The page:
Are Tuples Mutable In Python? Explained With Examples

What are tuples in Python?

A tuple is an ordered list of values. It is similar to a list except that each element has its own unique identifier.

Are tuples mutable in Python?

Tuples are immutable in Python, once a tuple is created, its elements cannot be modified.

This means you cannot change, add, or remove individual items within a tuple.

However, you can create a new tuple by concatenating or slicing existing tuples.


tuple1 = ("Prince", "Grace", 1999, 1998)
tuple2 = (1, 2, 3, 4, 5)
tuple3 = ('A1', 'B2', 'c3', 'D4')

Note: If you’re creating a tuple with a single element, be sure to put a comma after the element.

Similar to how the indices of Python strings start at 0, the indices of tuples can be sliced, concatenated, etc.

Python Access Value in tuple

To access values in a tuple, use the square brackets for slicing in conjunction with the index or indices to acquire the value at that index.

When it comes to accessing tuples, the index operator comes in very helpful.


tuple1 = ('Prince', 'Grace', 1999, 1998)
tuple2 = (1, 2, 3, 4, 5)

print (tuple1[3])
print (tuple2[1:4])


(2, 3, 4)

Updating tuples in Python

Updating Tuples means that once you’ve defined them, you cannot modify any of their properties.

You can only add new elements to them.


tuple1 = ('Prince', 'Grace', 1999, 1998)
tuple2 = (1, 2, 3, 4, 5)
tuple3 = tuple1 + tuple2
print (tuple3)


('Prince', 'Grace', 1999, 1998, 1, 2, 3, 4, 5)

Delete Element from tuple Python

Deleting tuple elements is not possible in Python, you can only use the del operator to delete the variable.


tuple1 = ['Prince', 'Grace', 1999, 1998];
print (tuple1)
del (tuple1)
print ('The output below will prompt an error')
print (tuple1)


['Prince', 'Grace', 1999, 1998]
The output below will prompt an error

Traceback (most recent call last):
NameError: name 'tuple1' is not defined. Did you mean: 'tuple'?

The exception was thrown since, after deleting the tuple, the variable tuple1 no longer exists.

Indexing, Slicing, and Matrixes

Due to the fact that tuples are sequences, Indexing, Slicing, and Matrixes operate identically for tuples and strings.


Consider the following input:

tuple1 = ('code', 'Code', 'CODE!')

print( tuple1[2] )

print( tuple1[-2] ) 

print( tuple1[1:] ) 


('Code', 'CODE!')

Python is different from other languages because it lets you use positive index and negative indexing. From the right, you can count the negative indices.

Below is an illustration of how the slicing works in Tuples.

Tuples in Python Index, Slicing, Matrix
Indexing, Slicing, and Matrixes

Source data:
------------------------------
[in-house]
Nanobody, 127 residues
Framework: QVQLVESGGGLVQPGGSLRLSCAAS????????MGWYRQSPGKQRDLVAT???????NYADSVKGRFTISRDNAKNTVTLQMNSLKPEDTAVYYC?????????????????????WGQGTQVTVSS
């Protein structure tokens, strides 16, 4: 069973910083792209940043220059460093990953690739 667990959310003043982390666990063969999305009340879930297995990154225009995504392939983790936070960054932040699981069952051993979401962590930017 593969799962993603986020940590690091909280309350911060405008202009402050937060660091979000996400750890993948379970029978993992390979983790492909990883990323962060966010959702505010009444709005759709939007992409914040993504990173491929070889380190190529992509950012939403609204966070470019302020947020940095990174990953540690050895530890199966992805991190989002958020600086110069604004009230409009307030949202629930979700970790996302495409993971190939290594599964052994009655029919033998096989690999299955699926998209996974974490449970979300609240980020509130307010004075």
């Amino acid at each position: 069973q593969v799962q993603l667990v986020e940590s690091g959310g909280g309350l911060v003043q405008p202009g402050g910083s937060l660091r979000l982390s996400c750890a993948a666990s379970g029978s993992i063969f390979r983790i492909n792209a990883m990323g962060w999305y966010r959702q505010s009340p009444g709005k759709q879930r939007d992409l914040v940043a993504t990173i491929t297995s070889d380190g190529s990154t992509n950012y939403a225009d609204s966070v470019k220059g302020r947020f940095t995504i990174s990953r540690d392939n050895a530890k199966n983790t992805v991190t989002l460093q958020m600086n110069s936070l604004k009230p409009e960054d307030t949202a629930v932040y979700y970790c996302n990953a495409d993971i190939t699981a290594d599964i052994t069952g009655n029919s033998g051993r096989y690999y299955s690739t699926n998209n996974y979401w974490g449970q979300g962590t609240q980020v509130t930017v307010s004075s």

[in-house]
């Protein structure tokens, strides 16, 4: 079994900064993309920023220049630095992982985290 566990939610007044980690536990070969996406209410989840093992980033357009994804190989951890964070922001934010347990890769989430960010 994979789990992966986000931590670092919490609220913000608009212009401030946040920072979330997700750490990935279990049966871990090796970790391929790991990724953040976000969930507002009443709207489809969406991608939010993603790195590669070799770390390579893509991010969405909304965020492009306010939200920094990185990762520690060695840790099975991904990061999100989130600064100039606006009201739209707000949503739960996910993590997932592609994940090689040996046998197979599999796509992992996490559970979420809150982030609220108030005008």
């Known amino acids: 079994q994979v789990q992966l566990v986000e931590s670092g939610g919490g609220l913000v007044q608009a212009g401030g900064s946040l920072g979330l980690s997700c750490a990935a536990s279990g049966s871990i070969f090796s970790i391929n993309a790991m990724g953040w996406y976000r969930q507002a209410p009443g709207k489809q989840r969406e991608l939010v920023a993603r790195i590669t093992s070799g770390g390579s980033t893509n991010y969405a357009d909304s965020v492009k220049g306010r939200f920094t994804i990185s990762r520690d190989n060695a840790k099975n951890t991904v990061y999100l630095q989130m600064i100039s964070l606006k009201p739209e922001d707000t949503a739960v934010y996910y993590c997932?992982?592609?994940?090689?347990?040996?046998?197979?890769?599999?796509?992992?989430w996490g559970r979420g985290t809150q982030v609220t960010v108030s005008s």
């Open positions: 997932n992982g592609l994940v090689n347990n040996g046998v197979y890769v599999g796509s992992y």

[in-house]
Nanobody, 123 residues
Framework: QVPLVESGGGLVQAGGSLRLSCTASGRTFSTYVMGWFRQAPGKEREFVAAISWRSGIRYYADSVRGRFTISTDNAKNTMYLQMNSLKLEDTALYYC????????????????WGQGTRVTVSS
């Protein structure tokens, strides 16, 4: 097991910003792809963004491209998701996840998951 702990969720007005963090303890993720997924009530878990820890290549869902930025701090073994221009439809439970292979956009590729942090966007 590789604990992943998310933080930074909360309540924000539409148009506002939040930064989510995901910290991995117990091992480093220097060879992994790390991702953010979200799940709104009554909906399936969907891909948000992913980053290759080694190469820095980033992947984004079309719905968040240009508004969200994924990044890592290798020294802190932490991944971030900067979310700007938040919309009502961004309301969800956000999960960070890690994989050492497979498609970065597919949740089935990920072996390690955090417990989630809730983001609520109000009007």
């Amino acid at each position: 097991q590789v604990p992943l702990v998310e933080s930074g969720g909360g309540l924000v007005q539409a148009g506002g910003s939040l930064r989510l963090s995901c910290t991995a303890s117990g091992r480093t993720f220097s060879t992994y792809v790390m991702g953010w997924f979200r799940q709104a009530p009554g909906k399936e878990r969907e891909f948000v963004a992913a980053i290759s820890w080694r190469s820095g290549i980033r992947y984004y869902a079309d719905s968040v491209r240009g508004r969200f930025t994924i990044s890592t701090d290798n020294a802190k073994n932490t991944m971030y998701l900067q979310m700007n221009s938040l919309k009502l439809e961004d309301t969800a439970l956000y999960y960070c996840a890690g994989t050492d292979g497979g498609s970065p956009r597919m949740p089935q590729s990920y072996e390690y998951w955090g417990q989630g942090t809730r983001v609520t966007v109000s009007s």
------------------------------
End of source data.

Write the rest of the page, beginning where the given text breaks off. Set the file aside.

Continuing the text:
No Enclosing Delimiters

In Python, there are no enclosing delimiters needed when accessing an element of a tuple.

Any comma-separated list of multiple objects written without identifying symbols ( brackets for lists, parentheses for tuples, etc.), will be treated as a tuple.


print ('Prince', 3.14, 55+6.6j, 'ITSC')


Prince 3.14 (55+6.6j) ITSC

Basic Tuple Operations in Python

There are several basic tuple operators that can be performed in Python. These include adding new elements, removing existing elements, and changing the order of the elements.


print(len(('a', 'b', 'c')))

print((1, 2, 3) + (4, 5, 6))

print(('Hey!') * 4)

print(3 in (1, 2, 3))


(1, 2, 3, 4, 5, 6)

Built-in Tuple Functions in Python

There are several built-in functions that operate on tuples. These functions are used to extract values from tuples. They’re also used to check whether a tuple contains certain values.

cmp(tuple1, tuple2)Elements from both tuples are compared.
len(tuple)This function returns the overall length of the tuple.
max(tuple)Returns the item from the tuples with the maximum value.
min(tuple)Returns the item from the tuples with the minimum value.
list(seq)A list is converted into a tuple.
List of Built-in Functions of Python Tuples


tuple1 = ('Prince', 'Grace', 'Mario', 'Ludy', 'Mc  Quinn')

print (len(tuple1))
# max
print (max(tuple1))
# min
print (min(tuple1))

list1 = ['Prince', 'Grace', 'Mario', 'Ludy', 'Mc  Quinn']
# tuple
print (tuple(list1))


('Prince', 'Grace', 'Mario', 'Ludy', 'Mc  Quinn')

Thus, if you want to learn more about Python or are just starting out, take a look at our Python Tutorial for Beginners.


In conclusion, you have gained knowledge about tuples in Python wherein it answers “Are tuples mutable in Python?”.

This tutorial has encompassed several aspects, including accessing, updating, and deleting elements of tuples, as well as exploring the fundamental operators and built-in functions associated with tuples.

In the next post, “Python Sets“, you’ll learn about what is set in Python, the built-in functions, and methods, and how to use them.

Leave a Comment